5. Technical Skills (incl. any Programming & Languages you've used, Networking experience, Operating System experience, Design experience and/or applications you have experience in using. This section would be primarily keywords to try and get matches on automated systems.

  6. Interests/References (incl. Any hobbies, clubs, things you like to do and I'd leave reference with available on demand since your sharing your CV around)

The 2 key points I would push when creating a CV is to include keywords that match the job your applying for and to include as much relevant experience as possible. Being able to hold a job is relevant but don't go into too much detail if the person interviewing you can't talk to you about it at the interview.

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As others have mentioned, emphasizing education over experience is a good idea. But skills are what will get him an interview.

The industry that your friend is trying to get into is a highly competitive one. His competition will be, in addition to people like himself, people who come home from class, do their homework and then get on the computer and program in their "spare time". People who peruse Stack Overflow for fun, and who, halfway through their computer science class, could probably turn around and teach the class.

If your friend is not one of those people, he's going to have a tough time. The bar is high. And if he is one of those people who dream in code, why doesn't he have any relevant experience? Even if he wasn't paid for it, any he can still showcase it on his resume. And if he hasn't been doing a lot of self study and experimentation beyond what is required for his classwork, he needs to start. The days in which you could walk into an IT job without mad skills and expect to learn what you need to know on the job are long gone and twenty years buried.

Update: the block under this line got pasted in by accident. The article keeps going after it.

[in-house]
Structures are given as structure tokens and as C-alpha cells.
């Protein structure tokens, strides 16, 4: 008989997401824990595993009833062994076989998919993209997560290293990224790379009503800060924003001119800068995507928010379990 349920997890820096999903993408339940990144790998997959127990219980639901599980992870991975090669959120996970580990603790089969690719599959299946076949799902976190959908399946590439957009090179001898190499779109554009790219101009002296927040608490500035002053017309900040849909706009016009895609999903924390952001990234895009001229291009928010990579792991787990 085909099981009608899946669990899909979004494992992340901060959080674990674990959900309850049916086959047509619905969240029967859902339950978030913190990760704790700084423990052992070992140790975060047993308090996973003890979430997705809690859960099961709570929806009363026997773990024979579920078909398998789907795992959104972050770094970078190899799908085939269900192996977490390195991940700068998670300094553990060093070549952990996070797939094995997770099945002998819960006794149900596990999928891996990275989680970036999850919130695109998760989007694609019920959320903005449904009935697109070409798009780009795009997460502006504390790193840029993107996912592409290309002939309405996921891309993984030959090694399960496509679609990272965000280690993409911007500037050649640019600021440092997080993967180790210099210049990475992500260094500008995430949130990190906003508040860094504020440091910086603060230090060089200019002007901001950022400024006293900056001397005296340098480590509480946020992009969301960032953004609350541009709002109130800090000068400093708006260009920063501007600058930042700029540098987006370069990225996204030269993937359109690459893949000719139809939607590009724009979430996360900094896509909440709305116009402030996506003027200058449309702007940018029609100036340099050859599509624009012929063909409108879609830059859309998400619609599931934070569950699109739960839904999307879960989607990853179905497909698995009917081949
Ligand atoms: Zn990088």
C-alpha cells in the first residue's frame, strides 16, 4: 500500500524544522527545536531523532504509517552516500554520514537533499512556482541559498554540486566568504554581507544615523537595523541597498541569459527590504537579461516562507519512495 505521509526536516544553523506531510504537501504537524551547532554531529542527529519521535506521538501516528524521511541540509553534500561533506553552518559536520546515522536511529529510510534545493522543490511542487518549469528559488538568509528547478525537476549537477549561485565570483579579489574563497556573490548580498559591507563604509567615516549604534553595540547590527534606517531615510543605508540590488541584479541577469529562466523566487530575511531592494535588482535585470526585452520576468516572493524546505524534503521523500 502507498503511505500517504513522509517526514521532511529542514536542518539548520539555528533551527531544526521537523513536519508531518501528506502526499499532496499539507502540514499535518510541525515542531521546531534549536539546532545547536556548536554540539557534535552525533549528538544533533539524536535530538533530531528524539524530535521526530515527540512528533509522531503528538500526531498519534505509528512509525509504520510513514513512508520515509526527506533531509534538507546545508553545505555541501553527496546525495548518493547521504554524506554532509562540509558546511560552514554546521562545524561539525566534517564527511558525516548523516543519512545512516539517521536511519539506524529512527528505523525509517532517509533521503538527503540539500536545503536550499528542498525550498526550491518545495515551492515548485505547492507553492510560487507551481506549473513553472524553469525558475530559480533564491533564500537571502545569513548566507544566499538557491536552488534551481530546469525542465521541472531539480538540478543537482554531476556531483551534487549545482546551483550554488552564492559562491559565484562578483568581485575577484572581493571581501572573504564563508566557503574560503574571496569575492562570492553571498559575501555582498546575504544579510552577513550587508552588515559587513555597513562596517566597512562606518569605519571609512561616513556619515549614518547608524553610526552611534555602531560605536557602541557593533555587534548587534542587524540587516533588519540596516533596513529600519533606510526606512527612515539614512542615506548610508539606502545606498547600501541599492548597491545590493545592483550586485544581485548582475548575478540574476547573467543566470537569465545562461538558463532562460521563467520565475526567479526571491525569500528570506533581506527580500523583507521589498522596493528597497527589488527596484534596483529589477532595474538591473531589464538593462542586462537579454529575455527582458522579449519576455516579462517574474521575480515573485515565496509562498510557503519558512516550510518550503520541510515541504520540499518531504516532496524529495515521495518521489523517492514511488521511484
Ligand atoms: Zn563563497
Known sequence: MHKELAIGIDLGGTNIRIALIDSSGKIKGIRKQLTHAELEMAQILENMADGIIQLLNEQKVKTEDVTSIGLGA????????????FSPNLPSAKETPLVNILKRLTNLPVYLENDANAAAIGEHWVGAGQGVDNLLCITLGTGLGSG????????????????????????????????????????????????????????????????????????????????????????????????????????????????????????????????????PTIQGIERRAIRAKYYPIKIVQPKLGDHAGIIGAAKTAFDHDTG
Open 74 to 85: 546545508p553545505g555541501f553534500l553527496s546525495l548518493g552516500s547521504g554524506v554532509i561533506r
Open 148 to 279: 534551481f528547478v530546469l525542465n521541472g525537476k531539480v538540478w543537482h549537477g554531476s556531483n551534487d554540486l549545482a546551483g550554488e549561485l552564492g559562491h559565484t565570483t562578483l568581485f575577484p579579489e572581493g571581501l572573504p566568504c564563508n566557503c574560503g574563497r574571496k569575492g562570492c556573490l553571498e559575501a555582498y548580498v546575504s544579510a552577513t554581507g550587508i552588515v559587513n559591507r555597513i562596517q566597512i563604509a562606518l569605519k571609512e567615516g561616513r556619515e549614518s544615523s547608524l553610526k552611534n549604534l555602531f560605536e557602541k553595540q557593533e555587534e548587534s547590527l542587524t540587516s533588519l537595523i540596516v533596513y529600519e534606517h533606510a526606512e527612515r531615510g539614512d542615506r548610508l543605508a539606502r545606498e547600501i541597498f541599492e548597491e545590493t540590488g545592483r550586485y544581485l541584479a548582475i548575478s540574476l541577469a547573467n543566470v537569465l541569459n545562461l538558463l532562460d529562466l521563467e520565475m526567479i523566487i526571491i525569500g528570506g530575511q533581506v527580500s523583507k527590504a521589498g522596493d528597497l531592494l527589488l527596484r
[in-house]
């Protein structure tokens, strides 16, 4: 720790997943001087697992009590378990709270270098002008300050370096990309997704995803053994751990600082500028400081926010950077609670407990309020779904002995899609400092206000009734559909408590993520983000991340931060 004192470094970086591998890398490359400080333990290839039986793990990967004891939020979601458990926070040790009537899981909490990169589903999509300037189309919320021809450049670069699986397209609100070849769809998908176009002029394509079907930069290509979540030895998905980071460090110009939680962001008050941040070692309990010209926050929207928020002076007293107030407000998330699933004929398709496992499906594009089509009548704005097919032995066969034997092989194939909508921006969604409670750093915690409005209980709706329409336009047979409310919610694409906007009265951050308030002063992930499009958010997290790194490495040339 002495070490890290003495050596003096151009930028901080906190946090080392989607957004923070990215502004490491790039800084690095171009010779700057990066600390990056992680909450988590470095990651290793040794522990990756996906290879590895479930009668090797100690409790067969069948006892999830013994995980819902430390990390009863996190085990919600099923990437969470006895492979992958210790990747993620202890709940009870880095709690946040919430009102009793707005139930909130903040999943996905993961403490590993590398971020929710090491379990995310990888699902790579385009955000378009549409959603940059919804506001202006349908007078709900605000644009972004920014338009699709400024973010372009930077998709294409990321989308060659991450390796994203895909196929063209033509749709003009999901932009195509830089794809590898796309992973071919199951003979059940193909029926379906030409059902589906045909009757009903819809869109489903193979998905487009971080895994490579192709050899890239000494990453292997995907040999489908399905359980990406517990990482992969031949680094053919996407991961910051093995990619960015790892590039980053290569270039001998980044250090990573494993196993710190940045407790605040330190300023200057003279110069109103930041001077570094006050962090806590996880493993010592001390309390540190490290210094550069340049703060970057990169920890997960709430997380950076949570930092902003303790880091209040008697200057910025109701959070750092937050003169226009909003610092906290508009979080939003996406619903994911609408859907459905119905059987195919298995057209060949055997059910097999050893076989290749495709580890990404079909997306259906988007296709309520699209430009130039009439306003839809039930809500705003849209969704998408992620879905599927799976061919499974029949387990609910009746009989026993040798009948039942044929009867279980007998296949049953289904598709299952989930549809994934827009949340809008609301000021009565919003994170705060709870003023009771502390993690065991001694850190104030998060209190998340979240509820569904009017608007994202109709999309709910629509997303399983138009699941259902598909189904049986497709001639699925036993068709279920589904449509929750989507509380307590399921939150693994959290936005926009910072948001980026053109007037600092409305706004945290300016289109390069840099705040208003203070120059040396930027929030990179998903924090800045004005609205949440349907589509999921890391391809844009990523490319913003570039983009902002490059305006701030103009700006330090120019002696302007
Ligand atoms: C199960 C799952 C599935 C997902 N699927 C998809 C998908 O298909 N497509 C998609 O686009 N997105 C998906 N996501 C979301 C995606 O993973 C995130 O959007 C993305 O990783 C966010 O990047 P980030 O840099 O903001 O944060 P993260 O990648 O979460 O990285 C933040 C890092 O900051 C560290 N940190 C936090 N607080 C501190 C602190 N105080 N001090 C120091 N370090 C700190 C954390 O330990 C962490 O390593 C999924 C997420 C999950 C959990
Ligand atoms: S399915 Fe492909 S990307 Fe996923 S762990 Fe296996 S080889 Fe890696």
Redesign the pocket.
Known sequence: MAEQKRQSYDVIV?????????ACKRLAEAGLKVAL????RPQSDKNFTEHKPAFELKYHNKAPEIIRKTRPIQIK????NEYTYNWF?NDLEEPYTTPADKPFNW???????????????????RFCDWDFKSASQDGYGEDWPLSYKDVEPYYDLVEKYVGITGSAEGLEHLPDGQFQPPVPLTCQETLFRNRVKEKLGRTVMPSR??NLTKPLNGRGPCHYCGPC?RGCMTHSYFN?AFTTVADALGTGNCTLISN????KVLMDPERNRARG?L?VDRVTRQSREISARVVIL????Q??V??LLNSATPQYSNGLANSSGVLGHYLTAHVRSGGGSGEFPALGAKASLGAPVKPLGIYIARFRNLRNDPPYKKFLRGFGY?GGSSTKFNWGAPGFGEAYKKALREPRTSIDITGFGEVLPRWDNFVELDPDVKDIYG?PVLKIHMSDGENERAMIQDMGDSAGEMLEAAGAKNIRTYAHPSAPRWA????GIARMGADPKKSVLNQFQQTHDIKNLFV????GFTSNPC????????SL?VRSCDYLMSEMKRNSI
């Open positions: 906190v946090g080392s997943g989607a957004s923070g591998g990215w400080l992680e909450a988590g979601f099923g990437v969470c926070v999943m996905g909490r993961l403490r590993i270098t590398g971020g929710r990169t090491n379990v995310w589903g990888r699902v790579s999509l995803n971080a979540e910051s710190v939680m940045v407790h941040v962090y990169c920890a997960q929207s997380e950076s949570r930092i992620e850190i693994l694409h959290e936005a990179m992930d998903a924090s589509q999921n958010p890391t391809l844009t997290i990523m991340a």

We have a number of interns at the company I work for. You can't sit down with them for very long without coming away with one key impression: these are people who are hungry for their profession. They read, they experiment, they are good at what they do. They keep up with IT trending, they can at least recognize most related technologies. They usually have one or two areas of emphasis and are familiar with the related tools. It's very clear that they would be programming even if they weren't getting paid or graded for it.

This is the face that your friend, and by extension his resume, needs to show to prospective employers. Sure, he hasn't been able to get anyone to pay him for programming yet, but is he diving into his target environment with both feet? Is he doing extra credit projects? Is he looking for opportunities to get more experience?